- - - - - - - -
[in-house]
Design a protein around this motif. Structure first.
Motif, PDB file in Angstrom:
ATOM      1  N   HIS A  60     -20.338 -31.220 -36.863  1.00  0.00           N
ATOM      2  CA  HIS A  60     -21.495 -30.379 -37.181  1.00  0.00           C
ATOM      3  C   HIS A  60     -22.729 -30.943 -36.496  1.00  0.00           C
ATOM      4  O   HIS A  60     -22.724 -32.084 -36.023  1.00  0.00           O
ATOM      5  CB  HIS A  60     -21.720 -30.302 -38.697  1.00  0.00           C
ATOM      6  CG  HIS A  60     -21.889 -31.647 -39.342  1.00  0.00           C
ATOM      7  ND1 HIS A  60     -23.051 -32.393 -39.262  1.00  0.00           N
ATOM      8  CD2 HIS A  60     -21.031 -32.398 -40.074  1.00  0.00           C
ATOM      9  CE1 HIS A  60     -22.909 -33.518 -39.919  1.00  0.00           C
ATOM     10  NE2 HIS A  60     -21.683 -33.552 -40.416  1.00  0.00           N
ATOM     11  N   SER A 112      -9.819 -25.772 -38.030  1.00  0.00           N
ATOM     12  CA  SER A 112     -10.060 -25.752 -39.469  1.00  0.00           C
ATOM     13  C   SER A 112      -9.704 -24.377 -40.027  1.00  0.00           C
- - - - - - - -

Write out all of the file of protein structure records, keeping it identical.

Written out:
[in-house]
Design a protein around this motif. Structure first.
Motif, PDB file in Angstrom:
ATOM      1  N   HIS A  60     -20.338 -31.220 -36.863  1.00  0.00           N
ATOM      2  CA  HIS A  60     -21.495 -30.379 -37.181  1.00  0.00           C
ATOM      3  C   HIS A  60     -22.729 -30.943 -36.496  1.00  0.00           C
ATOM      4  O   HIS A  60     -22.724 -32.084 -36.023  1.00  0.00           O
ATOM      5  CB  HIS A  60     -21.720 -30.302 -38.697  1.00  0.00           C
ATOM      6  CG  HIS A  60     -21.889 -31.647 -39.342  1.00  0.00           C
ATOM      7  ND1 HIS A  60     -23.051 -32.393 -39.262  1.00  0.00           N
ATOM      8  CD2 HIS A  60     -21.031 -32.398 -40.074  1.00  0.00           C
ATOM      9  CE1 HIS A  60     -22.909 -33.518 -39.919  1.00  0.00           C
ATOM     10  NE2 HIS A  60     -21.683 -33.552 -40.416  1.00  0.00           N
ATOM     11  N   SER A 112      -9.819 -25.772 -38.030  1.00  0.00           N
ATOM     12  CA  SER A 112     -10.060 -25.752 -39.469  1.00  0.00           C
ATOM     13  C   SER A 112      -9.704 -24.377 -40.027  1.00  0.00           C